Jeremy Williams attends the Guilford County Republican Party's Reagan Day Dinner in Greensboro with his family earlier this year.
Jeremy Williams will announce plans to run for an at-large seat on Guilford County Commission next year when he gives an address this evening at the Tax Day Tea Party rally in downtown Greensboro.
Williams, who lives in High Point, works as a human resources director for a business services company. After attending last year’s Tea Party rally, Williams became active with Conservatives for Guilford County and other conservative citizens. He has attended county commission meetings, questioned spending and spoken out against a tax increase recommended by County Manager Brenda Jones Fox.
Williams is a registered Republican. The two commissioners who currently hold at-large seats, Paul Gibson and John Parks, are both Democrats.
“Over the last several years, I’ve become more and more concerned with the direction government is going, especially here at the local government level,” Williams told YES! Weekly. “There has been a longstanding tax-and-spend, tax-and-spend and spend-some-more mentality that simply isn’t sustainable. We are burdening future generations with a debt that is not going to be sustainable.”
Williams’ convictions solidified around the time of last year’s Tea Party. He wore a tri-corner hat to the rally. It wasn't an affectation; he is a Revolutionary War reenactor.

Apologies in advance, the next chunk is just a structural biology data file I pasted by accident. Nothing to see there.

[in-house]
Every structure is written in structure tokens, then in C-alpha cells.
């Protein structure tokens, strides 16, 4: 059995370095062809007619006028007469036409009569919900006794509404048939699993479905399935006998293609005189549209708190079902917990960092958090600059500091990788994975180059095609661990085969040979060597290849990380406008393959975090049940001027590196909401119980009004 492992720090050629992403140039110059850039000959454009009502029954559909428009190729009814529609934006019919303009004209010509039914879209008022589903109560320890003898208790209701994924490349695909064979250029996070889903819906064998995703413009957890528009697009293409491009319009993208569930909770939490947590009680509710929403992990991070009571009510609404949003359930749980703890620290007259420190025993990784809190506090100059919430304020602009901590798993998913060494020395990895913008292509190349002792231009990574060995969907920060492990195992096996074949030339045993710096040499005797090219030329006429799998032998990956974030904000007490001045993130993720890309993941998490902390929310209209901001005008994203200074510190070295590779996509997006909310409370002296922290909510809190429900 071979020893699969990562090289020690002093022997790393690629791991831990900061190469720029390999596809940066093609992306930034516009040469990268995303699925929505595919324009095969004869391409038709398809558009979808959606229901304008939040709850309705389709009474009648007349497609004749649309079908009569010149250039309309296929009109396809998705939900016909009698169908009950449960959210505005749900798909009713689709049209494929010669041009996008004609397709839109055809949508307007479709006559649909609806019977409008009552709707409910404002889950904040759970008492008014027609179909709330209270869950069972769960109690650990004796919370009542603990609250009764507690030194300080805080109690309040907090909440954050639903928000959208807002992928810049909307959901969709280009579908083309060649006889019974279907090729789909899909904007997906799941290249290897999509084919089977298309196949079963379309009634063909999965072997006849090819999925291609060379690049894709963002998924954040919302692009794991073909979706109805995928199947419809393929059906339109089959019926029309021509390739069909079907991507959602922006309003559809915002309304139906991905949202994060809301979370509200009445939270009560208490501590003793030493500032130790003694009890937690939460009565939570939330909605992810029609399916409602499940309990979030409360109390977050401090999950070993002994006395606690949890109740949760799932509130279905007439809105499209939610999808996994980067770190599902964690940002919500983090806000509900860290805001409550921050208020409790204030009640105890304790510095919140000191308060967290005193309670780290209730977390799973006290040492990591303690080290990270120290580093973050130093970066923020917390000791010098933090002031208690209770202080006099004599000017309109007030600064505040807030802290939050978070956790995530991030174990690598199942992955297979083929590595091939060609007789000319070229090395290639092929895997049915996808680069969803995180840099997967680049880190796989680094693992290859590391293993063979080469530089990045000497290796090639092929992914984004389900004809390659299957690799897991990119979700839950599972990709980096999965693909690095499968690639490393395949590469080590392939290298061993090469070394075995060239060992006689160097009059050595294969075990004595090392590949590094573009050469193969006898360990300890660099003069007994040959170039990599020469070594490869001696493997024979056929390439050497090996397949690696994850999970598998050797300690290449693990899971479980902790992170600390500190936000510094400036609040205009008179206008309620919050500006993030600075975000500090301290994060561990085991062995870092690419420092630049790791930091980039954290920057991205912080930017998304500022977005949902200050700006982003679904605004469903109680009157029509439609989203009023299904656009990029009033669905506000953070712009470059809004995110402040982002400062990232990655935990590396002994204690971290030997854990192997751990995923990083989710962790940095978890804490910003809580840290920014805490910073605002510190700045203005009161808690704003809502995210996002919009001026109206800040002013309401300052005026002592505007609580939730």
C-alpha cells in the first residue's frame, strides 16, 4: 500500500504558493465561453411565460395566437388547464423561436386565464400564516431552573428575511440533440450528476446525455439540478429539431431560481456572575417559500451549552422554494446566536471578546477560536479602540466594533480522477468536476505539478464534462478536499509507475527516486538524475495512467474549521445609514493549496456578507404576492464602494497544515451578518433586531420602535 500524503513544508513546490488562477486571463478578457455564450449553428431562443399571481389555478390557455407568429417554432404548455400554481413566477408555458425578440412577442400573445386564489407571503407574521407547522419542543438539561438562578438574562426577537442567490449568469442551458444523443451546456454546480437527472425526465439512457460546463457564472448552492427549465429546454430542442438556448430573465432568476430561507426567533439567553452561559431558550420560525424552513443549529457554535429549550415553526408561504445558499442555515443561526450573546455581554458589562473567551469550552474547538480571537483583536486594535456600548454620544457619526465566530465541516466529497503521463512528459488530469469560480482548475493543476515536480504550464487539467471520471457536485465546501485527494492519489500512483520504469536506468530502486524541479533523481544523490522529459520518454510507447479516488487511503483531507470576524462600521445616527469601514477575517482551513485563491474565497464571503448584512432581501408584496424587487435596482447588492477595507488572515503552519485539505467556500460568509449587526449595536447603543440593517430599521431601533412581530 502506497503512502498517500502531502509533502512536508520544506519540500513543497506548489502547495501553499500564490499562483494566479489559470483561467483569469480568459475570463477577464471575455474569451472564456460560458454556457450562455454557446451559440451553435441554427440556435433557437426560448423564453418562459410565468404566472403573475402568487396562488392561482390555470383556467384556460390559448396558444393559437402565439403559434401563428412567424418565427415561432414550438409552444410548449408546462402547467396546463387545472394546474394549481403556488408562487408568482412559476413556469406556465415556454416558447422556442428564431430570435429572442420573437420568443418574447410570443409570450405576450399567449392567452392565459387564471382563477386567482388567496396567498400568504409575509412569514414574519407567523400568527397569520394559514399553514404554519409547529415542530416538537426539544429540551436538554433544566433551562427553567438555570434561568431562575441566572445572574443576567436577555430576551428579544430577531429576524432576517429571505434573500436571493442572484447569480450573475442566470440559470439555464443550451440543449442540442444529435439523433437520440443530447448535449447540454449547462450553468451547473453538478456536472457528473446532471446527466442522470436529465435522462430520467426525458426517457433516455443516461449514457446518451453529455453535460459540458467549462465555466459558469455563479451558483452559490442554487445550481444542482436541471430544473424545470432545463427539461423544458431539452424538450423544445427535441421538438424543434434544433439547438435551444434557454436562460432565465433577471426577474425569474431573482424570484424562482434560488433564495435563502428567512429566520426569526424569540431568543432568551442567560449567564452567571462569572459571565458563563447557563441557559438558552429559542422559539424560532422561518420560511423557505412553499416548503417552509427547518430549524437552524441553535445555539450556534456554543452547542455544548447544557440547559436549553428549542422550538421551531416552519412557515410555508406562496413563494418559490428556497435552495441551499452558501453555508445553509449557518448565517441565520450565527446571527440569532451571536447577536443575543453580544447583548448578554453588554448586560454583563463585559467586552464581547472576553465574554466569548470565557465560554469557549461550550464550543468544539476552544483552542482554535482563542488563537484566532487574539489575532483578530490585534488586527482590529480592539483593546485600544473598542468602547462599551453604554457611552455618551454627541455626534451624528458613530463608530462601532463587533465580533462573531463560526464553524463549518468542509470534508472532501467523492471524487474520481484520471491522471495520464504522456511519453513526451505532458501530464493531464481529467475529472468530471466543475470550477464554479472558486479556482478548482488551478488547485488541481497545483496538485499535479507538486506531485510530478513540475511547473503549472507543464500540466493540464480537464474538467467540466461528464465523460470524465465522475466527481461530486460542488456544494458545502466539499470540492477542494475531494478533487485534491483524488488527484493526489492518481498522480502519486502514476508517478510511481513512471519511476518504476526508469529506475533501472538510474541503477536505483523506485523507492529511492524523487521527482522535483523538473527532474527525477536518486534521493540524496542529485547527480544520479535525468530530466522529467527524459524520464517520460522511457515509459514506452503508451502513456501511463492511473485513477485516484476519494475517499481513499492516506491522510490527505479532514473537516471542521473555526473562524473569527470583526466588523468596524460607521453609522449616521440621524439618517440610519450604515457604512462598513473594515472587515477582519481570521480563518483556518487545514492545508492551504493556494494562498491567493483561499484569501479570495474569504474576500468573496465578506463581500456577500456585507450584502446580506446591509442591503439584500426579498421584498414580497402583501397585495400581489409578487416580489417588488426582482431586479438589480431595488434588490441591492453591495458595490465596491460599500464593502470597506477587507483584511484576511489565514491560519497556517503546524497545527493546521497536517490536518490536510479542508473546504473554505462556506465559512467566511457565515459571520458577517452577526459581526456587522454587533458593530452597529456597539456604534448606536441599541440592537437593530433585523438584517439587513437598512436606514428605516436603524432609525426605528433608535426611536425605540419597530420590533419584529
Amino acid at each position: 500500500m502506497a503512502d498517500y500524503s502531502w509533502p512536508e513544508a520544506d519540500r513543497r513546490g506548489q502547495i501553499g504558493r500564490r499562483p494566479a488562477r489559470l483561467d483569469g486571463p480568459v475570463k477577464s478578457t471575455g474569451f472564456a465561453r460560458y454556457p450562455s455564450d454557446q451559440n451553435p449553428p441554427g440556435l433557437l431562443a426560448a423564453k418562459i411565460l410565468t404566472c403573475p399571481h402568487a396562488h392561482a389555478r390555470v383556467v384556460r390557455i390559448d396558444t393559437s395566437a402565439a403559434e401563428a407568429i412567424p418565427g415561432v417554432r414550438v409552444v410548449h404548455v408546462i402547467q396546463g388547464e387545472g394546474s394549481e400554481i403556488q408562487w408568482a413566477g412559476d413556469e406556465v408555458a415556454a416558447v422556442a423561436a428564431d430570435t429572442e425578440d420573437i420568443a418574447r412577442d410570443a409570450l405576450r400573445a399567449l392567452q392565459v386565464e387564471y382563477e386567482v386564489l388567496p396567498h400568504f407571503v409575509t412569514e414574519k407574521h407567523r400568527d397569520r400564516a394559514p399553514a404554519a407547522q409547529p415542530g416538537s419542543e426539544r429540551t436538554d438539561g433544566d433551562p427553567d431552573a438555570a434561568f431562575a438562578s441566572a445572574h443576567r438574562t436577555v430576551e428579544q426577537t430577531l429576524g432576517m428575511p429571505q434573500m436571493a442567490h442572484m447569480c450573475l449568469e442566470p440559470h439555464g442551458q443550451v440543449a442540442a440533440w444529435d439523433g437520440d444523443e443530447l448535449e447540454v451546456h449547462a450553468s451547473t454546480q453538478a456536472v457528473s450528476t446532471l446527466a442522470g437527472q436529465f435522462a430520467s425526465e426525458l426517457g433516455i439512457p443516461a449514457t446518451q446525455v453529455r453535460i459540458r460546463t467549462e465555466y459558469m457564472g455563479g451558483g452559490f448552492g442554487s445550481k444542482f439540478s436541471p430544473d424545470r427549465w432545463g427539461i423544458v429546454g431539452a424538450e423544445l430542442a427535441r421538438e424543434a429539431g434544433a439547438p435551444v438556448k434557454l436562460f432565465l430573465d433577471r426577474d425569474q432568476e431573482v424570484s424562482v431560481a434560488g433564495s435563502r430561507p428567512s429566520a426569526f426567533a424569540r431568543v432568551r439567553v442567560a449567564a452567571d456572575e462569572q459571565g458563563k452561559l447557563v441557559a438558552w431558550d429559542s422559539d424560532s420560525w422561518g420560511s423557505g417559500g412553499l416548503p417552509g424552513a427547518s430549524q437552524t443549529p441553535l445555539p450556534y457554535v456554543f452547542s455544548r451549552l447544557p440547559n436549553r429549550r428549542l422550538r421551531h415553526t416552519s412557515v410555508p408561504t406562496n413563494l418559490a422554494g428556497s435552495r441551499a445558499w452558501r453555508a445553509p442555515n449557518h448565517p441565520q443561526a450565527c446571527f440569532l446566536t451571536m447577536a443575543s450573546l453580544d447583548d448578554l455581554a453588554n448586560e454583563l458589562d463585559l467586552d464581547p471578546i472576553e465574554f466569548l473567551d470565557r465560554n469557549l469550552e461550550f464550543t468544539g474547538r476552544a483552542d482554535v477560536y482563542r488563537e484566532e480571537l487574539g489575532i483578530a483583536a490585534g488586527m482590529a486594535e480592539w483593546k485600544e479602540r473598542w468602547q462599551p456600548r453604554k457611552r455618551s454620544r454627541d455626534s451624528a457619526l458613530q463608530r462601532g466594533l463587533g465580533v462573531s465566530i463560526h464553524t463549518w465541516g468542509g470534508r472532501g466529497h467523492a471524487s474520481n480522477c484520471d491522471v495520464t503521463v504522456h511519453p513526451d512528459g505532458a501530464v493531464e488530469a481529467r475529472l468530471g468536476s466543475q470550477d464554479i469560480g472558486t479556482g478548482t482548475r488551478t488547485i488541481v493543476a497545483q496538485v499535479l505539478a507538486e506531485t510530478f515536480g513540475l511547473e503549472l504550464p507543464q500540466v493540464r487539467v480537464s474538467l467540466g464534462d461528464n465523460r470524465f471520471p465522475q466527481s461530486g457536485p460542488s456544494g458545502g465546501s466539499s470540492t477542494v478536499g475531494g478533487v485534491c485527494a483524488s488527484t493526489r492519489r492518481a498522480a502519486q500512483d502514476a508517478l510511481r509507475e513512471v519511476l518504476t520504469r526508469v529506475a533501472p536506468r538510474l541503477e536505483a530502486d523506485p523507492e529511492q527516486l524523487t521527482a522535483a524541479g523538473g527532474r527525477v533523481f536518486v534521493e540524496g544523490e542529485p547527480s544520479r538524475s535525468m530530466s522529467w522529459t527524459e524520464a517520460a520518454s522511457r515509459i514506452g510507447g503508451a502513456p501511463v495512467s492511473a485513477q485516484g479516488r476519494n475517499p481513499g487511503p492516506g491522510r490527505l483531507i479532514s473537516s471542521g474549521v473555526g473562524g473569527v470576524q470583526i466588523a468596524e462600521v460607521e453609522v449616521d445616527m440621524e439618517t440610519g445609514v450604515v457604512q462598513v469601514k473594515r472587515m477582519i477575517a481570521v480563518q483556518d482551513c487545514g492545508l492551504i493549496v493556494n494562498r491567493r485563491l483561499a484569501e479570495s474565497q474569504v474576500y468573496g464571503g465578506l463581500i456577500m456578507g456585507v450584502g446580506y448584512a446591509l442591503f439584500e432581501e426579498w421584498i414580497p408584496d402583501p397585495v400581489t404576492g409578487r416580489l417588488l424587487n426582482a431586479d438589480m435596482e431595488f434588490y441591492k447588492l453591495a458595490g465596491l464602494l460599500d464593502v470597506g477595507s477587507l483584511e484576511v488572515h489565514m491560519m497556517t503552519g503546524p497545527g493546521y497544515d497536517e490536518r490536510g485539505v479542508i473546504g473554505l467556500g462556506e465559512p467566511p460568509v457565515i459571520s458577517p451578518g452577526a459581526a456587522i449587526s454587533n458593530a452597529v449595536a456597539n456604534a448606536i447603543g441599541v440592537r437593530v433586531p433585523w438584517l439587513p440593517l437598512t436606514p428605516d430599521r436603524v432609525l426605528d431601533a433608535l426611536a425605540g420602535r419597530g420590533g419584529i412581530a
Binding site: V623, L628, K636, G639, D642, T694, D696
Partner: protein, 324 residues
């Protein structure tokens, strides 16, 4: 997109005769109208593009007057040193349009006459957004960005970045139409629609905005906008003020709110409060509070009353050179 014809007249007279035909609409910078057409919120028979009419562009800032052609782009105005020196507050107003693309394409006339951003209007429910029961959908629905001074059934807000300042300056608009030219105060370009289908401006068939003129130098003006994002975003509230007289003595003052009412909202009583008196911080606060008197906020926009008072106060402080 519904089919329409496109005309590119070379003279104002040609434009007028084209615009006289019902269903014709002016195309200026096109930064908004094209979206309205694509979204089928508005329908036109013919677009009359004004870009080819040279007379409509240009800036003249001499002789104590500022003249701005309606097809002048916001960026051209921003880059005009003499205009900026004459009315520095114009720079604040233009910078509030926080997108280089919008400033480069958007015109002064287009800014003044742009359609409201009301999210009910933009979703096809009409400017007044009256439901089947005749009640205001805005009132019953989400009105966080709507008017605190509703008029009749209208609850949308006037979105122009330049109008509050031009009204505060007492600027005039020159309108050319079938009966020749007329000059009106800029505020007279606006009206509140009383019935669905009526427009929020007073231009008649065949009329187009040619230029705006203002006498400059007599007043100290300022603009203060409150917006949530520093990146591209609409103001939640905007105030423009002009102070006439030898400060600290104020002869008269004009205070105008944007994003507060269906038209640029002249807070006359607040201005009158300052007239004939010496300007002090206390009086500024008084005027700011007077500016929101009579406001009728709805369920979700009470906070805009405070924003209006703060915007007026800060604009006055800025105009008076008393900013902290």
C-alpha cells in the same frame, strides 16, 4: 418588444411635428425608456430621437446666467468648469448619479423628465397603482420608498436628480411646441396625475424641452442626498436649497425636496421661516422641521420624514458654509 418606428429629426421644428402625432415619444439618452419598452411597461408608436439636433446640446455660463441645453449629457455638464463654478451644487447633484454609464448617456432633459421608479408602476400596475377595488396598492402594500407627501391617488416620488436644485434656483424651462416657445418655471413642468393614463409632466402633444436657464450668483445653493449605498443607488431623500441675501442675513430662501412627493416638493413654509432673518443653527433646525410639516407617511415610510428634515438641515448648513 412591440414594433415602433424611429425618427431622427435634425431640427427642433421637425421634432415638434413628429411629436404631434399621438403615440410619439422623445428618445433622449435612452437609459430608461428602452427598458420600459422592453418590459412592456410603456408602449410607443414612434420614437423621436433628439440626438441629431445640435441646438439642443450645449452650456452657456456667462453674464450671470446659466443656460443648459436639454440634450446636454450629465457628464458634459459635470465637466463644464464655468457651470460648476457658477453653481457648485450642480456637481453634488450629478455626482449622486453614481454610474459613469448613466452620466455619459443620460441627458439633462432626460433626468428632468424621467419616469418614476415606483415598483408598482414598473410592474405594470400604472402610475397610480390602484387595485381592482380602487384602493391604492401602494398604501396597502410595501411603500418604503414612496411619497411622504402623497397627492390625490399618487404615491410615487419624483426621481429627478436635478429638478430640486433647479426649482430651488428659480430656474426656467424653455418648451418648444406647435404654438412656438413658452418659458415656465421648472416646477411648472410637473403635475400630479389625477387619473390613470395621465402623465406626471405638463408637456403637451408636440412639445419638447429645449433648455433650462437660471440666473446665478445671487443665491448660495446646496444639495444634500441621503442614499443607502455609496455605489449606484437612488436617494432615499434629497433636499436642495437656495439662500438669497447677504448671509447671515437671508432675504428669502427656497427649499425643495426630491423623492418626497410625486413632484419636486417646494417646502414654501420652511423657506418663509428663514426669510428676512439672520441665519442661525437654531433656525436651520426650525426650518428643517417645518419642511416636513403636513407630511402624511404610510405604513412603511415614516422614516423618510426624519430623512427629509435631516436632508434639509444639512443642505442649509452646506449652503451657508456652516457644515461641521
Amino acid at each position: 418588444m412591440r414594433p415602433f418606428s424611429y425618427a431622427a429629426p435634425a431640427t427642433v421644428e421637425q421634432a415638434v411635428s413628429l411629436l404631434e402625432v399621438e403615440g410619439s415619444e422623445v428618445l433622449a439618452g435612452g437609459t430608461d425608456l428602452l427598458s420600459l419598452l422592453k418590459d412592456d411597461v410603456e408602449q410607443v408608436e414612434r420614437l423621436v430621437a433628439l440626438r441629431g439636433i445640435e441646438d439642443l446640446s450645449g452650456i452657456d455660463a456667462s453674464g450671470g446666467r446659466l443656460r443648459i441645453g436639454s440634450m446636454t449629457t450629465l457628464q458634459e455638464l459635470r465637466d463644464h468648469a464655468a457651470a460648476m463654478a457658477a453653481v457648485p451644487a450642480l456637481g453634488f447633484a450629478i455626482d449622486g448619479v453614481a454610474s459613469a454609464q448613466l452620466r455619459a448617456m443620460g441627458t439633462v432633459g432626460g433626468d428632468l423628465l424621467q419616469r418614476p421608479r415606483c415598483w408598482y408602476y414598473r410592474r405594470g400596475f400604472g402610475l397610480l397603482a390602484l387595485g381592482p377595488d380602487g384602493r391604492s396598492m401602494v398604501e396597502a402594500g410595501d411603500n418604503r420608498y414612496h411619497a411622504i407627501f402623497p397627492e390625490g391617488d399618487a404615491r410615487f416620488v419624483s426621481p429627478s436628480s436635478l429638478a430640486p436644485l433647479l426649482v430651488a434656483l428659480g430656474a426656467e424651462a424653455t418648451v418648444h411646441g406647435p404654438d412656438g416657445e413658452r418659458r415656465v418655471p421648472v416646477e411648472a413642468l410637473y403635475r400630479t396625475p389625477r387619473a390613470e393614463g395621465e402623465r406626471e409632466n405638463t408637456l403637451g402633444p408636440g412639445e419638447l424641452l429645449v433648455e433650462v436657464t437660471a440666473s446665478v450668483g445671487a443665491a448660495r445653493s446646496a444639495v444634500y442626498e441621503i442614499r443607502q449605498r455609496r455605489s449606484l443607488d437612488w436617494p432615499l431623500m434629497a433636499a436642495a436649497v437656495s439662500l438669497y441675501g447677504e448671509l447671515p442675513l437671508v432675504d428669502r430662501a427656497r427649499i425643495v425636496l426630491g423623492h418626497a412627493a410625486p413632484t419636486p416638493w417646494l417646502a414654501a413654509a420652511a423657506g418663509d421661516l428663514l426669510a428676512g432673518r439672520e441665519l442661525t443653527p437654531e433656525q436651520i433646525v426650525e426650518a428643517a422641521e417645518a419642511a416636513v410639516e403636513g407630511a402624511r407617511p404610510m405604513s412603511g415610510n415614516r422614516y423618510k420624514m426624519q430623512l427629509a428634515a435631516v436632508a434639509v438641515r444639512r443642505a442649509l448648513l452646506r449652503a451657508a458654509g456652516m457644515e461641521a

“One of the things that kept coming back to me probably a little over a year ago, knowing the direction and see what I’m seeing, could I look in my children’s eyes and say, ‘Daddy knew what was going on, but I was too busy and what could one person do?’ No, I couldn’t,” Williams said.
Considering the increased debt service costs the county is facing because of a county bond package approved by voters in 2008, Williams said county commissioners have a responsibility to tell voters up front that when they vote for a bond they’re effectively raising their taxes and that commissioners should take a hard look at bond proposals before they put them on the ballot.
Williams also favors cutting spending over raising taxes. He said Conservatives for Guilford County will have detailed recommendations before next year’s budget is adopted, but he offered two immediate examples.
In the county’s allocation for public education, Williams said, “There’s opportunities in that administrative, non-teaching side.”
He said he would also recommend eliminating longevity bonuses for employees, saving the county $2.3 million.
“I was told that that was an effort to stem turnover,” Williams said. “With unemployment where it’s at, I don’t believe turnover is really an issue.”